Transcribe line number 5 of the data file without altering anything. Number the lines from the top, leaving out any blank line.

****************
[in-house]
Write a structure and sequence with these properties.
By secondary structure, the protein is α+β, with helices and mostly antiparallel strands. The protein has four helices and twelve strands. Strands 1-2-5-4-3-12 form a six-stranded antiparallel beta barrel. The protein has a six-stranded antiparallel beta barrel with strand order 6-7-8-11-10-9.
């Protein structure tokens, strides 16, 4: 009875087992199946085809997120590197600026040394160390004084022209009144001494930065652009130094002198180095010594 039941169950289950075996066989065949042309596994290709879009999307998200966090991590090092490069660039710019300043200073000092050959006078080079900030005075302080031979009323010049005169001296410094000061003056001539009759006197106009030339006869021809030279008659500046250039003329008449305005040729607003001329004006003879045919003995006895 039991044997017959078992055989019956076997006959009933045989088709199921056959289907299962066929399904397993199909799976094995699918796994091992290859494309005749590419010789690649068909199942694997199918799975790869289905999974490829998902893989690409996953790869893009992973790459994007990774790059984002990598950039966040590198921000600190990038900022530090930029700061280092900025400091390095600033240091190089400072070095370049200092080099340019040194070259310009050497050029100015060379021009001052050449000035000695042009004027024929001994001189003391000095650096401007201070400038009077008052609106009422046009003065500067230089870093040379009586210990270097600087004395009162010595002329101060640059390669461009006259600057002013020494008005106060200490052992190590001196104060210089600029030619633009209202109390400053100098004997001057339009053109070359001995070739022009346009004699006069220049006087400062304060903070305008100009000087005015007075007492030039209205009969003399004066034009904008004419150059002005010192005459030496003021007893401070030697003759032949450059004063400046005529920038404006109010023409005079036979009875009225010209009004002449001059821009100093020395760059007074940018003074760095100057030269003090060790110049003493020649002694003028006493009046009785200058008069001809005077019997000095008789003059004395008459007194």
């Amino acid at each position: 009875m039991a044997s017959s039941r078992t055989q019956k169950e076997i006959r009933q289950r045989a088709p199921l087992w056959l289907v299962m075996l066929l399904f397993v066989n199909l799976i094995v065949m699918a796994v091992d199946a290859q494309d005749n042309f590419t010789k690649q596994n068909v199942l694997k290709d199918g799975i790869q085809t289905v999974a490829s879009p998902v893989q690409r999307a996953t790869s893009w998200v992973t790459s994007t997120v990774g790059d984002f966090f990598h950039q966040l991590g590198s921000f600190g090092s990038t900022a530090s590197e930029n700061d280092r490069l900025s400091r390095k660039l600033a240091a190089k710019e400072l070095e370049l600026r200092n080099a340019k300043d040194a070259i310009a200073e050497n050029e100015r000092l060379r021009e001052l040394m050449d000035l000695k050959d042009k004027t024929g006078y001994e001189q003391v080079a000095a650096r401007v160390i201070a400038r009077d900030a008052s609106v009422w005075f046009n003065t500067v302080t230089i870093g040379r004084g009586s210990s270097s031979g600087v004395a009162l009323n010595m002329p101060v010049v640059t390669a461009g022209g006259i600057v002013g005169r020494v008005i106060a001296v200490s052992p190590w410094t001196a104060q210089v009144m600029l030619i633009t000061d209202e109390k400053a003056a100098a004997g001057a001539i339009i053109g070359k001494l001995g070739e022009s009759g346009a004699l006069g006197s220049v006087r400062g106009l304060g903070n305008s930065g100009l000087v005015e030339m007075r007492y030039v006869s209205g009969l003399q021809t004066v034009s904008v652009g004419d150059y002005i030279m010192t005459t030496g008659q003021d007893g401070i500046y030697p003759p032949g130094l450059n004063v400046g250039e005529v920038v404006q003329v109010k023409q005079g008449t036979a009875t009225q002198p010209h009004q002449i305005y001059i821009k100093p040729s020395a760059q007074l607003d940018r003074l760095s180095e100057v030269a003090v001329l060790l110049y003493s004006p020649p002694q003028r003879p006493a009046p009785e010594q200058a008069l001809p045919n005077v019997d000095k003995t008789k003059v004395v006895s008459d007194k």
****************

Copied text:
């Amino acid at each position: 009875m039991a044997s017959s039941r078992t055989q019956k169950e076997i006959r009933q289950r045989a088709p199921l087992w056959l289907v299962m075996l066929l399904f397993v066989n199909l799976i094995v065949m699918a796994v091992d199946a290859q494309d005749n042309f590419t010789k690649q596994n068909v199942l694997k290709d199918g799975i790869q085809t289905v999974a490829s879009p998902v893989q690409r999307a996953t790869s893009w998200v992973t790459s994007t997120v990774g790059d984002f966090f990598h950039q966040l991590g590198s921000f600190g090092s990038t900022a530090s590197e930029n700061d280092r490069l900025s400091r390095k660039l600033a240091a190089k710019e400072l070095e370049l600026r200092n080099a340019k300043d040194a070259i310009a200073e050497n050029e100015r000092l060379r021009e001052l040394m050449d000035l000695k050959d042009k004027t024929g006078y001994e001189q003391v080079a000095a650096r401007v160390i201070a400038r009077d900030a008052s609106v009422w005075f046009n003065t500067v302080t230089i870093g040379r004084g009586s210990s270097s031979g600087v004395a009162l009323n010595m002329p101060v010049v640059t390669a461009g022209g006259i600057v002013g005169r020494v008005i106060a001296v200490s052992p190590w410094t001196a104060q210089v009144m600029l030619i633009t000061d209202e109390k400053a003056a100098a004997g001057a001539i339009i053109g070359k001494l001995g070739e022009s009759g346009a004699l006069g006197s220049v006087r400062g106009l304060g903070n305008s930065g100009l000087v005015e030339m007075r007492y030039v006869s209205g009969l003399q021809t004066v034009s904008v652009g004419d150059y002005i030279m010192t005459t030496g008659q003021d007893g401070i500046y030697p003759p032949g130094l450059n004063v400046g250039e005529v920038v404006q003329v109010k023409q005079g008449t036979a009875t009225q002198p010209h009004q002449i305005y001059i821009k100093p040729s020395a760059q007074l607003d940018r003074l760095s180095e100057v030269a003090v001329l060790l110049y003493s004006p020649p002694q003028r003879p006493a009046p009785e010594q200058a008069l001809p045919n005077v019997d000095k003995t008789k003059v004395v006895s008459d007194k």